A LEVEL PLAYING FIELD OR UNEQUAL FOOTING: EARLY FIELD EXPERIENCES AND THE ATTRIBUTES OF THE DIRECTOR OF FIELD EXPERIENCES AS THEY RELATE TO THE EXTENT OF SUPPORT SERVICES PROVIDED
DR. JONATHAN L. BLACK-BRANCH AND DR. WENDY K. LAMONT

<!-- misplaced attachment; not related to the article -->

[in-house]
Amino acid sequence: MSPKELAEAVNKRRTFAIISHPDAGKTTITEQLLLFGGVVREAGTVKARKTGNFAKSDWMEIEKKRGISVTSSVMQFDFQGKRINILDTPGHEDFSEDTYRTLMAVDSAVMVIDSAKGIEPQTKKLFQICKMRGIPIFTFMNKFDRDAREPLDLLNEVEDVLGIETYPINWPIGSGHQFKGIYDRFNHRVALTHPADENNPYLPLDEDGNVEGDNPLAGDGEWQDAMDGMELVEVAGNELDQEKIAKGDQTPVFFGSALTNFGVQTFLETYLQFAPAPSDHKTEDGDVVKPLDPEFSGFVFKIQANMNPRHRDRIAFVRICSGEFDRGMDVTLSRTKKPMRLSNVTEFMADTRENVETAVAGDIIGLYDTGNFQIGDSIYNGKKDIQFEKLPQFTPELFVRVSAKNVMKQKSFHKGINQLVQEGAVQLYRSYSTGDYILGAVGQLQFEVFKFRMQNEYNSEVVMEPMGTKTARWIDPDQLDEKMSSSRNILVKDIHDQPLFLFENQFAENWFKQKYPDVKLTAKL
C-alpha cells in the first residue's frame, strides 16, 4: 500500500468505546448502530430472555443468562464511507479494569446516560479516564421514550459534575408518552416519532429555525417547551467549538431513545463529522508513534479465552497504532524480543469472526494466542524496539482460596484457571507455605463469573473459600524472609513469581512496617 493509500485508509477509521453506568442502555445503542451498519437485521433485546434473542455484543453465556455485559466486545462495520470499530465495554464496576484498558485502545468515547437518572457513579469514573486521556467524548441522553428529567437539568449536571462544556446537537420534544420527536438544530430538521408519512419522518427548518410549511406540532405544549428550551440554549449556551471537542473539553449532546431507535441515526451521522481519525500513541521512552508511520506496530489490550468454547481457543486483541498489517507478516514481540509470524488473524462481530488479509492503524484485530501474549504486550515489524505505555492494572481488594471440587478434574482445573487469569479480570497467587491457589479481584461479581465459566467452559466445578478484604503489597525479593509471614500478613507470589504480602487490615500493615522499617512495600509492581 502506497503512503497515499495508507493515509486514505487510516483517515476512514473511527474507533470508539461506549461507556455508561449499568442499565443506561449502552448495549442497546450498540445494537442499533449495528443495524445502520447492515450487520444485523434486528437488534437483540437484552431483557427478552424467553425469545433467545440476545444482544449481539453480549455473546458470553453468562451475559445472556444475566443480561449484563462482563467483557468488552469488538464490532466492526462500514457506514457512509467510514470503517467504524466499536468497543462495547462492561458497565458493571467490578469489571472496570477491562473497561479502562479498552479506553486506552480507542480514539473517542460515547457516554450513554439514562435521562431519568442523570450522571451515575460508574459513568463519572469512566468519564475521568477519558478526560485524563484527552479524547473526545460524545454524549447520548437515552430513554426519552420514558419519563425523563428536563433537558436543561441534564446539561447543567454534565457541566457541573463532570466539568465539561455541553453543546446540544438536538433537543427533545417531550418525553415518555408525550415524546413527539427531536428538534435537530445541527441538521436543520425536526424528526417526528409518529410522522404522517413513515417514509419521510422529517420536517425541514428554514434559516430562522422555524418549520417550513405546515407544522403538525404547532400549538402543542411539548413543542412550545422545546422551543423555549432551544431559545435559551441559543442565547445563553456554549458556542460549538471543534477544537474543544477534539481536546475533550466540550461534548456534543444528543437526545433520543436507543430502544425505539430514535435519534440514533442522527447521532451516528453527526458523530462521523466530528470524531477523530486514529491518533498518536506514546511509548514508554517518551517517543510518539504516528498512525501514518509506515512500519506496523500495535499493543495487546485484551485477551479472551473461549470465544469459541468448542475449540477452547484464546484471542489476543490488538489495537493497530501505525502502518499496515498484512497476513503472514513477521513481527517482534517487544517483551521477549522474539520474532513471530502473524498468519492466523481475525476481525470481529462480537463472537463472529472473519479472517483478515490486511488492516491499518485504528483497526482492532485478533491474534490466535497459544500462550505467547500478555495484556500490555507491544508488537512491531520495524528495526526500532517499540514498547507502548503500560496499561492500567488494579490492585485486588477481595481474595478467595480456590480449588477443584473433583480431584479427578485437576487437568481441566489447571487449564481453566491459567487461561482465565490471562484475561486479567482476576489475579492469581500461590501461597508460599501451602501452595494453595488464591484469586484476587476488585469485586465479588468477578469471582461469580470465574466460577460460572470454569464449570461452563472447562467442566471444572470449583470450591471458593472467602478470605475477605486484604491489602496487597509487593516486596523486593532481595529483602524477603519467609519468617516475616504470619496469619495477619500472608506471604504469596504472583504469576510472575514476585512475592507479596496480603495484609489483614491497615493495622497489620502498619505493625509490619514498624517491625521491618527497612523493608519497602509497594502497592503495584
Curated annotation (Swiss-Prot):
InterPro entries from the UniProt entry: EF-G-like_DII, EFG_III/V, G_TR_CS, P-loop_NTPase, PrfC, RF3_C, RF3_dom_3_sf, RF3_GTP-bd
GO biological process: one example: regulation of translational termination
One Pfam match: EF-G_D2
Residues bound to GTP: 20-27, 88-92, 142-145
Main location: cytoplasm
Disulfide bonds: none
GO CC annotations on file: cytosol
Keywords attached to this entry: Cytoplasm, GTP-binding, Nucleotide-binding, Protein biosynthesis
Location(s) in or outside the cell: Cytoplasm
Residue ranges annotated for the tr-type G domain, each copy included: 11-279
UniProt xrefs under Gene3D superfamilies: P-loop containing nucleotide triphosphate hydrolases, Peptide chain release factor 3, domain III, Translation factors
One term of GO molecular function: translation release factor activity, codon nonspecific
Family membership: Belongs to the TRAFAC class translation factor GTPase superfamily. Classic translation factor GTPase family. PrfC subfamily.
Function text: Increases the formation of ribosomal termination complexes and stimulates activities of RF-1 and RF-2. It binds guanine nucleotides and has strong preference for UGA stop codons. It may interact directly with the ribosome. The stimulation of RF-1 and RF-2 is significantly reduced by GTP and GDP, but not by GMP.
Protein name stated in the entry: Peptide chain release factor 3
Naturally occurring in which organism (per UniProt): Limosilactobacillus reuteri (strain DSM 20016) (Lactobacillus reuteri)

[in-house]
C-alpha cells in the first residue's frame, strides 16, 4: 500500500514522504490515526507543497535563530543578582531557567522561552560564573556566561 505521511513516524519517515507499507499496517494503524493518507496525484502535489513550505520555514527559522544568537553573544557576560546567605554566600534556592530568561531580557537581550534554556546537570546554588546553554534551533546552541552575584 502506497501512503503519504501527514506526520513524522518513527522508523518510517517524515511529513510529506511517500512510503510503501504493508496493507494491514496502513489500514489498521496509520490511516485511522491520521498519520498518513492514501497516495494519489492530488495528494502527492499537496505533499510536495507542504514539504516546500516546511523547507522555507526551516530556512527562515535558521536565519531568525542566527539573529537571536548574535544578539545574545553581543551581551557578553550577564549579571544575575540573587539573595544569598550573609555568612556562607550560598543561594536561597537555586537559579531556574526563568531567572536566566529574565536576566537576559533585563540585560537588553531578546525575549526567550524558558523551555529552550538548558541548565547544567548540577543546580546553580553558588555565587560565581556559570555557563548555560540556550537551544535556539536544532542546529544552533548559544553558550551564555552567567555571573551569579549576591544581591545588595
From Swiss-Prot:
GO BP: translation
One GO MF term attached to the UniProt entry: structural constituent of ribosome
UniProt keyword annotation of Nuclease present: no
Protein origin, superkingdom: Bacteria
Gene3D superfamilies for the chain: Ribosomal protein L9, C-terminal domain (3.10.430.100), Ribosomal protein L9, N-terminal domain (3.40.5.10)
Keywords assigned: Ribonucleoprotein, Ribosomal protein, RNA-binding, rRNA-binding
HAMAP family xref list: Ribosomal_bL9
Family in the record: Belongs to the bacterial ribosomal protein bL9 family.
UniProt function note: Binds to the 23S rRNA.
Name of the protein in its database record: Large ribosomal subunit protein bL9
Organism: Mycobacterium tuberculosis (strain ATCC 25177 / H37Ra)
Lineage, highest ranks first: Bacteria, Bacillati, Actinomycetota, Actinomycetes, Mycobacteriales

AbstractStudents are shaped by both their experiences prior to entering their teacher training program and by those within training. As a result, teaching experience before entering the program is thought to come to bear on their success, or perhaps their need for support services within the program, particularly since many teacher education programs require some form of teaching experience as a prerequisite to admission. Moreover, their experience throughout the program is largely shaped by those with whom they have professional contact, namely, those supervising field placements. The purpose of this article is two-fold: first, to examine the literature on field experience and teacher wellness and second, to determine the attributes of the director of field experiences and the extent of support services provided. Discussion in the first section examines early field experiences had by student teachers prior to their entering teacher training programs, focusing on both the length and the intensity of such experiences, including such topics as mandatory early field experiences, exclusion of early field experiences, and length and intensity of early field experiences. The second section focuses on the role of the director of teacher education programs and the support services offered, examining the existing descriptions of directors toward building an understanding of a typical composite profile of the administrator of field studies.
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